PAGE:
Study Finds Health Care Price Transparency Should Be a Top Policy Priority
We have talked many times about market-based reforms that would help to bend down the cost curve of health care in this country. One important reform is the promotion of price transparency to make it easier for health care purchasers to compare prices for and save money on routine health care procedures. Transparent health care pricing helps keep health care costs down, and this fact was made clear in an important study published just last year.
For years, hospital executives have defended these prices saying it’s about quality, or that they see sicker patients, or lots of folks on Medicare.
“That’s just not true,” said co-author Yale economist Zack Cooper.
Cooper said the team, including John Van Reenen from the London School of Economics and the University of Pennsylvania’s Stuart Craig, controlled for all those factors. And Cooper said market power matters more than the rest….
Change starts, says Cooper, when people who buy the MRIs and the C-sections can simply see real prices. And change may happen when those same people negotiate next year’s deals knowing what they know now.
You can find the full report here. Its implications are straightforward. For one, a hospital that holds and can maintain monopoly control over a health care in its region can charge higher prices than if it had competition. For another, concealing the prices of health care services serves to fatten providers' wallets. Without readily available prices, it is harder for patients to determine whether they're being overcharged. That was true before Obamacare was passed… and has continued long after Obamacare was implemented. The problem in health care is not the free market. The problem is the lack of a free market in health care.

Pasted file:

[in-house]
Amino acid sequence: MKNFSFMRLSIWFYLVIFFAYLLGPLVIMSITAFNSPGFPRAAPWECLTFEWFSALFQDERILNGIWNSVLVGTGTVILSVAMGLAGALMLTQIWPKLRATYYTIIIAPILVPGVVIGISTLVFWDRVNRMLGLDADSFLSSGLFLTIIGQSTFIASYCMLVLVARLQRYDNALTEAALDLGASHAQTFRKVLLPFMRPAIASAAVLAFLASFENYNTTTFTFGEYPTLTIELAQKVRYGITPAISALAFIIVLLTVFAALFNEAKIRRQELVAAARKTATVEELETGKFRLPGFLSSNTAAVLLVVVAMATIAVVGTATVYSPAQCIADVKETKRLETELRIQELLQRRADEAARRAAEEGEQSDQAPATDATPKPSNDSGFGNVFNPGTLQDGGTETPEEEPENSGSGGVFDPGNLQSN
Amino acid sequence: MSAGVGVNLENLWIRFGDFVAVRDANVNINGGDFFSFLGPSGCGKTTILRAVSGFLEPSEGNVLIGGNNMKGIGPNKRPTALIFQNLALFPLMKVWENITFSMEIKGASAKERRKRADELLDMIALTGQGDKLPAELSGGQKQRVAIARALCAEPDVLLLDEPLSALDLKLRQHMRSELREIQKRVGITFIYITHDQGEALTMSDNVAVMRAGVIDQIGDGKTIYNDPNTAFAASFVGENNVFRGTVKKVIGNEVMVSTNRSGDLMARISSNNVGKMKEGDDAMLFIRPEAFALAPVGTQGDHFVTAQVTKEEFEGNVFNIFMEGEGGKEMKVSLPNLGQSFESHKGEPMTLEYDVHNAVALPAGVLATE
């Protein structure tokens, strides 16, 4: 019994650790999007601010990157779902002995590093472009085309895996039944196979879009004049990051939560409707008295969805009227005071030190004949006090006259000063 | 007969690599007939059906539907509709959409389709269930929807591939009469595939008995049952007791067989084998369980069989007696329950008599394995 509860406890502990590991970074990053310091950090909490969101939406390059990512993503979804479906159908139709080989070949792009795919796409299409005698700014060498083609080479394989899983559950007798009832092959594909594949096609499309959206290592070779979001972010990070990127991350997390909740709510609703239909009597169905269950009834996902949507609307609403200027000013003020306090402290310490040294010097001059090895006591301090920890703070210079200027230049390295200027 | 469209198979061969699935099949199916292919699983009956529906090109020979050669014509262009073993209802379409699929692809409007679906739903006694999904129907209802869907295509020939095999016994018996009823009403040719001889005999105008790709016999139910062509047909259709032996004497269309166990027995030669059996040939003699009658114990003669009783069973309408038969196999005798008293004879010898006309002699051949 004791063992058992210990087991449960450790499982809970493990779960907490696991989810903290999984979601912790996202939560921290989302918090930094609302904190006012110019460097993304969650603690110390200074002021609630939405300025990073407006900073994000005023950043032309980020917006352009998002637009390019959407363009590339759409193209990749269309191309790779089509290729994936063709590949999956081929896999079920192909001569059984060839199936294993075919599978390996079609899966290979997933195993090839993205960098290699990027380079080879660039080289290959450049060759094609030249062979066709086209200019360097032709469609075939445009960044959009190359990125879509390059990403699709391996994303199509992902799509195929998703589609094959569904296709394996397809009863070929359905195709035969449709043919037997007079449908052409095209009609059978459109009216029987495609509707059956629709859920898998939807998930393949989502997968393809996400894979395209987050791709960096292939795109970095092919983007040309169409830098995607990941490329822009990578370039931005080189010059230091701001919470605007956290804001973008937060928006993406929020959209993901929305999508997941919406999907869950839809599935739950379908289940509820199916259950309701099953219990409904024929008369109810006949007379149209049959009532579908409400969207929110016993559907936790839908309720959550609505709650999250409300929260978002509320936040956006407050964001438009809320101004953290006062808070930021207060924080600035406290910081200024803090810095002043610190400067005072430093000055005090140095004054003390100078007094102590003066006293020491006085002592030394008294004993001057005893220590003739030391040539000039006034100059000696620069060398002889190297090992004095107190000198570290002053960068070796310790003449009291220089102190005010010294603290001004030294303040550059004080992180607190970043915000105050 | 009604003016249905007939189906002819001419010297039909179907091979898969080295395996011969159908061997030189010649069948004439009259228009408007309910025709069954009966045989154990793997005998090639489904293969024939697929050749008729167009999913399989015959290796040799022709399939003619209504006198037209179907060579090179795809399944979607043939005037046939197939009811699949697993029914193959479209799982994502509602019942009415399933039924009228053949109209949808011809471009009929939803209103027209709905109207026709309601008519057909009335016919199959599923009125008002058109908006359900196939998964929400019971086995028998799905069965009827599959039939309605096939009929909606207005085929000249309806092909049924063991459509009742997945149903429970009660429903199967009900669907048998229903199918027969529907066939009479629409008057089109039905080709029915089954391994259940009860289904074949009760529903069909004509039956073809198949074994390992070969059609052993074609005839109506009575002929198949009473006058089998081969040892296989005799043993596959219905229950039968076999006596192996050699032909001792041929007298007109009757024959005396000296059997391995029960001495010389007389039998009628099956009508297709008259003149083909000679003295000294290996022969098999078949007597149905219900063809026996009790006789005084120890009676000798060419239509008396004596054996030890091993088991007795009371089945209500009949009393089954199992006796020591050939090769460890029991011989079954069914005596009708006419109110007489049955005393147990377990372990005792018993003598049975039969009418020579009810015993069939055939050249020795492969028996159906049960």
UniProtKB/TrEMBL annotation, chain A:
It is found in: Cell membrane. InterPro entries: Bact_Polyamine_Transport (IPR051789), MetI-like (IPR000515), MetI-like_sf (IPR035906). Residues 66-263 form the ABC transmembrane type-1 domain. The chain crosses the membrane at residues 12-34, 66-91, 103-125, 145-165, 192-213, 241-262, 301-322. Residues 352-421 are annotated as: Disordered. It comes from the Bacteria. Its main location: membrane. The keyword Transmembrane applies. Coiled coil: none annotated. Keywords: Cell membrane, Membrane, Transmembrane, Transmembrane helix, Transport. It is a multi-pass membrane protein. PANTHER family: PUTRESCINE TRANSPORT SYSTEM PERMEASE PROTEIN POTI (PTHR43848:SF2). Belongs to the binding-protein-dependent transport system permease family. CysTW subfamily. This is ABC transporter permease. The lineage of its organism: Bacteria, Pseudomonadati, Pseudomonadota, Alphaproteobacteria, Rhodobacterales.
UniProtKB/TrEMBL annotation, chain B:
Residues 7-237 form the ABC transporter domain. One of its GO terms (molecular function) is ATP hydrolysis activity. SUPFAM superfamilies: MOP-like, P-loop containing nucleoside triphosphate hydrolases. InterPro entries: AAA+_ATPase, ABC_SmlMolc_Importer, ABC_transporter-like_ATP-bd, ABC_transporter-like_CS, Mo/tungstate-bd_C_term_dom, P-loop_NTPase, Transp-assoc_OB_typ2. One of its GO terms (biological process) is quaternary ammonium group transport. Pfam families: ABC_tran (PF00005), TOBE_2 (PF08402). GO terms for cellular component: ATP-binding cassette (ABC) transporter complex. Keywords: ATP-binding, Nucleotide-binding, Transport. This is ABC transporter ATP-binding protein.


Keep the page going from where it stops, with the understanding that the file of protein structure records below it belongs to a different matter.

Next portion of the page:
Market reforms like price transparency are important tools to make health care in this country better, less expensive, and more accessible. Rather than go farther down the hole of failed government-run health care, we need to move toward freeing our health care system to make sure that patients' needs—both their health needs and their financial needs—are in the center of the system. Price transparency would be a step in the right direction after far too many steps in the wrong.